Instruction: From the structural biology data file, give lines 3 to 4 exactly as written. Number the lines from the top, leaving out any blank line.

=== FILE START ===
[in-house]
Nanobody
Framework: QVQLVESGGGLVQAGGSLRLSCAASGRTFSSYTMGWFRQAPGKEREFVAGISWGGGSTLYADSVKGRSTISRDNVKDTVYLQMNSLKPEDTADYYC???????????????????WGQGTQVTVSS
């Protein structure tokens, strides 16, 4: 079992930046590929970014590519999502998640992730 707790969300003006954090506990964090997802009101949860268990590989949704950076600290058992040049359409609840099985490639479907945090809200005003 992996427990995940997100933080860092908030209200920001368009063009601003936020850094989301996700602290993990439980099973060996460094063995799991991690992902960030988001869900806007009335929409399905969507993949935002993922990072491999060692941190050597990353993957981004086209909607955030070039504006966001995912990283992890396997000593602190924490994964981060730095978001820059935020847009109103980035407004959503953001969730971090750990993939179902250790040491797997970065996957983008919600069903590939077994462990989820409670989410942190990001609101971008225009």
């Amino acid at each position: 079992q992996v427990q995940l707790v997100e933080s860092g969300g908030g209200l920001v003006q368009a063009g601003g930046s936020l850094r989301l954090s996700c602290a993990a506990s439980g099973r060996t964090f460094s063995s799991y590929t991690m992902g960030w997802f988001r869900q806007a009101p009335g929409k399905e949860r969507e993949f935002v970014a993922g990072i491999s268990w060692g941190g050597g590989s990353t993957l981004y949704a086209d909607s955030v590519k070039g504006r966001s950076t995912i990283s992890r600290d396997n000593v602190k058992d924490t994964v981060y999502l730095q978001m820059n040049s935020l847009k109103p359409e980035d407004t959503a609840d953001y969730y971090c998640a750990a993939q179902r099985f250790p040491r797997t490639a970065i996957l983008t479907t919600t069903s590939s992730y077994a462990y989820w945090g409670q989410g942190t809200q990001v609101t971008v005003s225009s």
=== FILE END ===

Framework: QVQLVESGGGLVQAGGSLRLSCAASGRTFSSYTMGWFRQAPGKEREFVAGISWGGGSTLYADSVKGRSTISRDNVKDTVYLQMNSLKPEDTADYYC???????????????????WGQGTQVTVSS
């Protein structure tokens, strides 16, 4: 079992930046590929970014590519999502998640992730 707790969300003006954090506990964090997802009101949860268990590989949704950076600290058992040049359409609840099985490639479907945090809200005003 992996427990995940997100933080860092908030209200920001368009063009601003936020850094989301996700602290993990439980099973060996460094063995799991991690992902960030988001869900806007009335929409399905969507993949935002993922990072491999060692941190050597990353993957981004086209909607955030070039504006966001995912990283992890396997000593602190924490994964981060730095978001820059935020847009109103980035407004959503953001969730971090750990993939179902250790040491797997970065996957983008919600069903590939077994462990989820409670989410942190990001609101971008225009």